Saturday, February 21, 2009

John Green is Not a Paper Man

My favorite author John Green is awesome. He has written three wonderful and enlightening books, he speaks out for the intelligence of teenagers, he makes delightful and hilarious YouTube videos with his brother Hank, and he is extremely generous to his fans. He holds weekly live online shows in which he chats with readers, answers our questions, and reads poetry for literally hours at a time. When asked why he is so eager to connect with his supporters, he says, “It is all a part of having a seat at the table in people’s lives.” I love that. I love that he will talk to his readers, take us seriously, and let us be involved in his life. He is so awesome that I just wish he could have a literal seat at the actual table in my dining room every night. I don’t just want to give him a chair. I want to give him a throne.

This is where it becomes a bit of a problem. Mr. Green is gracious and kind to his readers, but he can only do so much. He can only answer so many questions, or watch so many response videos, or visit so many cities. He can’t literally sit at a table in all of our lives. The social network he and Hank created has over 18,000 members. At one point he exceeded the possible number of friends allowed on Facebook. These numbers used to make me sad. He feels so accessible and is such a great guy that I find myself wanting him to know me. But as much as he may want to, he can’t. His words and ideas have touched me in a real and deep way, so I want to thank him, learn from him, and be a part of his life.

My life is different because of John Green, his books, and his message. He created a community of smart, passionate, mostly young people who can read critically, think deeply, and speak with proper grammar. His recent book Paper Towns is about trying to imagine other people correctly, an idea that is very close to my own m!sundaztood teenage heart. He is a symbol of everything I want to be: both popularly and critically acclaimed, both smart and funny, both mature and young, both humble and sure of himself. I needed to see that growing up does not mean selling one’s soul and that sometimes smart people who work hard are successful. He is, in short, everything I want to be. When I was recently watching a video a fan had made for Mr. Green’s birthday, she thanked him for being her mentor. And I was so jealous! I wanted that! I wanted him to be my mentor, my big brother, my English teacher, and my best friend. But for me to indulge myself with the urge to be close to him, I am imagining him incorrectly. He is not a symbol of something I want. He doesn’t need a throne. He is not a miracle. He is not a fine and precious thing. He is a man.

I needed something from John Green, but he does not need anything from me. The numbers shouldn’t daunt me, I should be ecstatic about them. When I had the chance to ask Mr. Green a question at his event in Phoenix in October, I asked, aren’t you incurably two-dimensional to your fans? Isn’t your fame a betrayal of your pursuit to have everyone try to imagine each other correctly? He said, to paraphrase: “Yes. But I ask my fans, like anyone else, to imagine me as a real guy.” He enjoys and delights in our gifts and videos, but I need to imagine him completely enough to know that he can’t watch them all, and be okay with that. I need to imagine him well enough to be able to share him. I don’t need to be sad that John doesn’t know me personally. I shouldn’t be jealous of a fellow fan because she is closer to him than I am, I should be happy for her and thankful that Mr. Green can be a mentor to someone, no matter if that person is me. I can believe in his movement and be a part of it without him actually sitting at my dining room table. He doesn’t ask for a throne, and he merely suggests that we watch his videos and read his books, even if we get it from the library. I shouldn’t want to give him a throne. I need to try to imagine him in terms of who he is, not in terms of who I am. I need to understand him as a regular man, a well-liked and likable man, who is grateful to have even a folding chair and a can of diet Squirt at the table in my life, even if he – regrettably! – can’t actually sit there very often.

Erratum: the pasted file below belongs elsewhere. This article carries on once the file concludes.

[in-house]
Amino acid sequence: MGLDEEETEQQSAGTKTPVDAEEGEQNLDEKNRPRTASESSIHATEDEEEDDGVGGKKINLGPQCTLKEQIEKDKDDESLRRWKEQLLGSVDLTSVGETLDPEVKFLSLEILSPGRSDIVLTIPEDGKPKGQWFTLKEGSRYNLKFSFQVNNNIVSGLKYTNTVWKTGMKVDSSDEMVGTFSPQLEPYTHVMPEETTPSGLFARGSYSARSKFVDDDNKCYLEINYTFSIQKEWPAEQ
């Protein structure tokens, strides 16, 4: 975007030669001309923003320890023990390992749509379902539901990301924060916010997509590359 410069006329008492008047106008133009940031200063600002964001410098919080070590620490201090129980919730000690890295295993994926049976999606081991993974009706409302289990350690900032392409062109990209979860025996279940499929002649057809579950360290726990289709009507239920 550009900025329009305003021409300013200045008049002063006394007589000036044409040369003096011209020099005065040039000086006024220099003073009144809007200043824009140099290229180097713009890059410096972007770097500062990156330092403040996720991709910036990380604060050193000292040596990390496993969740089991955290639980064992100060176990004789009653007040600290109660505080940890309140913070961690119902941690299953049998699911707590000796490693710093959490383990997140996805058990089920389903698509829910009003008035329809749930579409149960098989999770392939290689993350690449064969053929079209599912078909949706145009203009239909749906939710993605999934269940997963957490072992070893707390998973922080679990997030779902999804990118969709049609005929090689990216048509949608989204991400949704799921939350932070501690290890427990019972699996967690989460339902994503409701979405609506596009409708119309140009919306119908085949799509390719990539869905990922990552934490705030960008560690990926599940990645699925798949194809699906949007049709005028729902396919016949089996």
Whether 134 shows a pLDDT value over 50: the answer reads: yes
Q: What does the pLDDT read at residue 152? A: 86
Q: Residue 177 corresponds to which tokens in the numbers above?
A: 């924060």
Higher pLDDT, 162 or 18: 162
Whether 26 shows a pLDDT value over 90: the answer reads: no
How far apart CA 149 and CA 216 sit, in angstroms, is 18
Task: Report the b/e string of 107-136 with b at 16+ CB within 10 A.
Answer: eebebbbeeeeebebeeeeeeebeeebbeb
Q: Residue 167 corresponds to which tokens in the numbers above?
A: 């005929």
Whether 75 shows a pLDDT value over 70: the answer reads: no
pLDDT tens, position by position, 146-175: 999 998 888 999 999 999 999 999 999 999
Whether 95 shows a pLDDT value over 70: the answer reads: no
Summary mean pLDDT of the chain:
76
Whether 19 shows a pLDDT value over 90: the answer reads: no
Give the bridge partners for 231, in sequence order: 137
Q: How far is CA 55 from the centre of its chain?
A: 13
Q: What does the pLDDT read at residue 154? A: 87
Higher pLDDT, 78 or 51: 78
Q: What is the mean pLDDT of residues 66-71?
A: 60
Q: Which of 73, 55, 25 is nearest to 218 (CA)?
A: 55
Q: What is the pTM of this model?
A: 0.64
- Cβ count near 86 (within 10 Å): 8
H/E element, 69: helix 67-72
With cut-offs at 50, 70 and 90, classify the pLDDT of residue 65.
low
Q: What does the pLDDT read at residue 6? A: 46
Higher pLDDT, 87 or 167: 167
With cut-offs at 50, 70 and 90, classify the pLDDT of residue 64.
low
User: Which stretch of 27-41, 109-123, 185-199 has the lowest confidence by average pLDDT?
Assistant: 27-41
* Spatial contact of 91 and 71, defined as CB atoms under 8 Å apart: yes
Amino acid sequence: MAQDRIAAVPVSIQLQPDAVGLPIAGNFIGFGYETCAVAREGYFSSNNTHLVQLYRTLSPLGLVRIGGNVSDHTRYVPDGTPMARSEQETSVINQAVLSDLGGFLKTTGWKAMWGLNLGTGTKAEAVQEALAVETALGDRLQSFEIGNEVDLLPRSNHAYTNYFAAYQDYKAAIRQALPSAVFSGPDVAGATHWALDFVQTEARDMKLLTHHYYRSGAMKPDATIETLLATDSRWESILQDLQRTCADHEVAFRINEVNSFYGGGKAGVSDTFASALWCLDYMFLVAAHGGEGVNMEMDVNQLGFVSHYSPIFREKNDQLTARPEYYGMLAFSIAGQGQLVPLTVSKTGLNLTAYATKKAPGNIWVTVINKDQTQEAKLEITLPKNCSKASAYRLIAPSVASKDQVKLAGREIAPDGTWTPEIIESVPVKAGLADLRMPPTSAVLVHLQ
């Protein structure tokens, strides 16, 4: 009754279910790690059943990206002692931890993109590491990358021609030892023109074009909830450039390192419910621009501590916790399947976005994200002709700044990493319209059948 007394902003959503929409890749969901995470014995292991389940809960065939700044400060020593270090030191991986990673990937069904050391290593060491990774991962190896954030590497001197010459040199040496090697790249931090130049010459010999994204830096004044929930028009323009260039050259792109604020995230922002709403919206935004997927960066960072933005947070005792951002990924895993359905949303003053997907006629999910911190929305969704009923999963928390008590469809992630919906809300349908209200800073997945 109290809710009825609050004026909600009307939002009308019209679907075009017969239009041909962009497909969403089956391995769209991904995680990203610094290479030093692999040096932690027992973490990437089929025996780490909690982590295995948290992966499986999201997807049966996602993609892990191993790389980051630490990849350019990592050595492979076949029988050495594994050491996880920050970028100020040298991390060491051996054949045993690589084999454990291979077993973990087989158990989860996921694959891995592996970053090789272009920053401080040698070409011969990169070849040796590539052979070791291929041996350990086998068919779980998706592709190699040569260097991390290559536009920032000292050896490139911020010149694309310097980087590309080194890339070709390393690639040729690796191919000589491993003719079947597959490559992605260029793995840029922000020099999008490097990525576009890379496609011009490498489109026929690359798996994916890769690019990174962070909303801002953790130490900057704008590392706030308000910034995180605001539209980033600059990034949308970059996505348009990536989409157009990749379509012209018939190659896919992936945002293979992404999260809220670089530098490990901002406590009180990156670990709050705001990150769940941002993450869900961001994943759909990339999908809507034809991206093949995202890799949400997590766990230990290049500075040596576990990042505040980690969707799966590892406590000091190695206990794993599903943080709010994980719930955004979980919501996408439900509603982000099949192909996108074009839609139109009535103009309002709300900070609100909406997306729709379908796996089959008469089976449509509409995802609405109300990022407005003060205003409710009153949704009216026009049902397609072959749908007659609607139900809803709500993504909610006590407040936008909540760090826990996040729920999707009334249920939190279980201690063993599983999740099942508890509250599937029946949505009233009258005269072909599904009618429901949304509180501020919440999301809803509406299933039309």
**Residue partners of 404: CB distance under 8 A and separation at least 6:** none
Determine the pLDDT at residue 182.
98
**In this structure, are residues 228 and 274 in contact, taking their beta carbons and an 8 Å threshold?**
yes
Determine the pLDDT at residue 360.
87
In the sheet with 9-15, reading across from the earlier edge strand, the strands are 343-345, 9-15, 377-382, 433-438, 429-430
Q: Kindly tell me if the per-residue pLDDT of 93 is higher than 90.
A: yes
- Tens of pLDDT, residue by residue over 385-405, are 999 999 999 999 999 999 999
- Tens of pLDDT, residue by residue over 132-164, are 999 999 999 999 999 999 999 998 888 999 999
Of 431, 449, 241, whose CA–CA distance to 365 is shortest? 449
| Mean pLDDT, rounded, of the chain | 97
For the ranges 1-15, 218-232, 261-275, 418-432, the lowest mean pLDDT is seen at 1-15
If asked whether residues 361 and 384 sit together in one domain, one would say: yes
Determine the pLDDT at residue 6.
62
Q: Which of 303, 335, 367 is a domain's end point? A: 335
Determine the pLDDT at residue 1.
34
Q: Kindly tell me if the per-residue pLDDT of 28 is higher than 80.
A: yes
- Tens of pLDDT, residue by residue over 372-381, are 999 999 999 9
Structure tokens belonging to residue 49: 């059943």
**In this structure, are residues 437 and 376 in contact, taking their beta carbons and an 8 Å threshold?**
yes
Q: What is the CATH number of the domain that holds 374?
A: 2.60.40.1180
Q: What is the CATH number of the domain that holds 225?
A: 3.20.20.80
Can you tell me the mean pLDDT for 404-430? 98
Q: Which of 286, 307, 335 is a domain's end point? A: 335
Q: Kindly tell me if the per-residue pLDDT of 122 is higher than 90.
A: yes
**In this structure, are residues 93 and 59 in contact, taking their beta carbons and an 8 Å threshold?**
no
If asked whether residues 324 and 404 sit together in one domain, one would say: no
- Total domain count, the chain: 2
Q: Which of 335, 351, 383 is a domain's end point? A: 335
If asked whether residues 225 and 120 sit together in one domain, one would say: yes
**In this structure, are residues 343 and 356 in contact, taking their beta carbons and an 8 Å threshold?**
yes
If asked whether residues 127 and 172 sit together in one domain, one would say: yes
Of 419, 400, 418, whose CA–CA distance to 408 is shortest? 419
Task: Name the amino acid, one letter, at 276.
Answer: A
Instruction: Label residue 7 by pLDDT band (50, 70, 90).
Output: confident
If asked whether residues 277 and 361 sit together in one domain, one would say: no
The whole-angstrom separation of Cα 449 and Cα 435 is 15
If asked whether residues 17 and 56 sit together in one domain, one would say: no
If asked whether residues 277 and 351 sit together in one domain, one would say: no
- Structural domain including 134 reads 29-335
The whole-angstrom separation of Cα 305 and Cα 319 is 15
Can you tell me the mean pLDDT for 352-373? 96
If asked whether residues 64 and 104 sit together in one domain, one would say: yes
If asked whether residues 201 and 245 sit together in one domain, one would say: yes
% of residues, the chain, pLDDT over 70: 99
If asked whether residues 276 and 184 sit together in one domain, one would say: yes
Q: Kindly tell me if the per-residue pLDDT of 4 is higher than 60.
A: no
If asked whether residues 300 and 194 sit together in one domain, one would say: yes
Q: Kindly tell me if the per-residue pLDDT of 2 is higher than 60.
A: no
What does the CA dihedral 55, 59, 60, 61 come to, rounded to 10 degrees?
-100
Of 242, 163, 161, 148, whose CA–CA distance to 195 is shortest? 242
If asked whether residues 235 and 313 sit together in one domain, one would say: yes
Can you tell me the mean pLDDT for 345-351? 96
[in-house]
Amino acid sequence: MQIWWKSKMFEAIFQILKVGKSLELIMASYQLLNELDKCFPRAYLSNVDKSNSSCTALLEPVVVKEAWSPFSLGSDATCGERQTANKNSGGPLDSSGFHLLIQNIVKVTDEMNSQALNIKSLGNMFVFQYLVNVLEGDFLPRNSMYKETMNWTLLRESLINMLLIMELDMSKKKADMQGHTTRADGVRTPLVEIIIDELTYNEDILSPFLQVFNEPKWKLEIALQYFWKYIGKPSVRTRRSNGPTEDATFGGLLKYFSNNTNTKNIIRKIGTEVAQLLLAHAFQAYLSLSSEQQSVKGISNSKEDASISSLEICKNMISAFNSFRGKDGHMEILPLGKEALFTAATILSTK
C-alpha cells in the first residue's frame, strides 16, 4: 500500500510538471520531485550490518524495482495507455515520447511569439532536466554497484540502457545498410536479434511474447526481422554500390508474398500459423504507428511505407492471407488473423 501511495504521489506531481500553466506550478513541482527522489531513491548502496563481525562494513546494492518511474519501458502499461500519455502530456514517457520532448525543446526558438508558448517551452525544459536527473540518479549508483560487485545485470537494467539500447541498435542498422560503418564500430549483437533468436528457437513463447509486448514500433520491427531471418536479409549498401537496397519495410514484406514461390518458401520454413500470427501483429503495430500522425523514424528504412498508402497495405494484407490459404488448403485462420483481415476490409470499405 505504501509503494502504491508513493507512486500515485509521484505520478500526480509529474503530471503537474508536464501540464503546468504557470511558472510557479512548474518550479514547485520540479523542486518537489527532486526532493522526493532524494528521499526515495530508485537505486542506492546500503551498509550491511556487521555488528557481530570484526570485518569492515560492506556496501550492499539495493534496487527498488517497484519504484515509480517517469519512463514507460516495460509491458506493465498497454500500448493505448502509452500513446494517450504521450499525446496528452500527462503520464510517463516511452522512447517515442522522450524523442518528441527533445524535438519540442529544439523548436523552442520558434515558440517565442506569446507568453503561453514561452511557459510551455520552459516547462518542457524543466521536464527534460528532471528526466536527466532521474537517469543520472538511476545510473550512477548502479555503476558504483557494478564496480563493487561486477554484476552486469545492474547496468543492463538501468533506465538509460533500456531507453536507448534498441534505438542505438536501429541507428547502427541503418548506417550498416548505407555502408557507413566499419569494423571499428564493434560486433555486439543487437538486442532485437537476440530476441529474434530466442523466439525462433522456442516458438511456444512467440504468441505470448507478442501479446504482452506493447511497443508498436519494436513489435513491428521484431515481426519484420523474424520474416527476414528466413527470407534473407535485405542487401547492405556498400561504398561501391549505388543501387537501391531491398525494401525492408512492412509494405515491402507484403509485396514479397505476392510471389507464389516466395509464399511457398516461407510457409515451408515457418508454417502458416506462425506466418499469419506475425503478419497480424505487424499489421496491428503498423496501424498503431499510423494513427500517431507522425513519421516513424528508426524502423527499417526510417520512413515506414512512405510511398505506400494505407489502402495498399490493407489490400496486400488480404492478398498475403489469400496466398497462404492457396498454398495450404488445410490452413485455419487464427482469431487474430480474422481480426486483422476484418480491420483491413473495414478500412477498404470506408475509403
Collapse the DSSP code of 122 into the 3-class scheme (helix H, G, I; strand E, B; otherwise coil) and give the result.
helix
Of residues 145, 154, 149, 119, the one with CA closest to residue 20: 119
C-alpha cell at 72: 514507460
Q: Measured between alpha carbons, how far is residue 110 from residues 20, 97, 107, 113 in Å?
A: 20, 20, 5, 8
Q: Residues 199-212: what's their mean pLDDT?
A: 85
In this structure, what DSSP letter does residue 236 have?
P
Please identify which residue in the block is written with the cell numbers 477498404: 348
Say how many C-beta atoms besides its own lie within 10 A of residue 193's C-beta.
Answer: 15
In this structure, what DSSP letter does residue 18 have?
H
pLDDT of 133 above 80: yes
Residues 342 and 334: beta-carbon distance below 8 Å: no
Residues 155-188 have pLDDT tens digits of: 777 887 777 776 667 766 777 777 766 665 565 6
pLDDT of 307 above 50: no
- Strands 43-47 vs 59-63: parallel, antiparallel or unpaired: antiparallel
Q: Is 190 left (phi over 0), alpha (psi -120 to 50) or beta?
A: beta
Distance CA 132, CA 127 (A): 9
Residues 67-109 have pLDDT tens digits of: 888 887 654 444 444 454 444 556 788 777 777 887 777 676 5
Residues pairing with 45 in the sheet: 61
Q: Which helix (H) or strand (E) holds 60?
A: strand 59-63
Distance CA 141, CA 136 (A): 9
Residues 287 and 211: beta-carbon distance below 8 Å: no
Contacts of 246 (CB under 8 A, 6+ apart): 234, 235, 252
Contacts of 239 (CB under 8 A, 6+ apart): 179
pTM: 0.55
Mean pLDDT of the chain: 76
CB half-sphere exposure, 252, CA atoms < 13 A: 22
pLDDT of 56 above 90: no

John Green’s life is not drastically different because of me personally. But that’s okay! That’s good! Because my life is different, better, and more completely imagined because of him.

Visit John Green's website at

1 comment:

jheit! said...

Amanda has this theory that adulthood is a myth; that, fundamentally, one's surroundings stay the same; that one never escapes high school.

I'm starting to believe this is true.

There was a sentence somewhere in this bloog (pronounced bloooog) that made me think about her theory.

Anyway, do you own his books? I would like to borrow them someday please.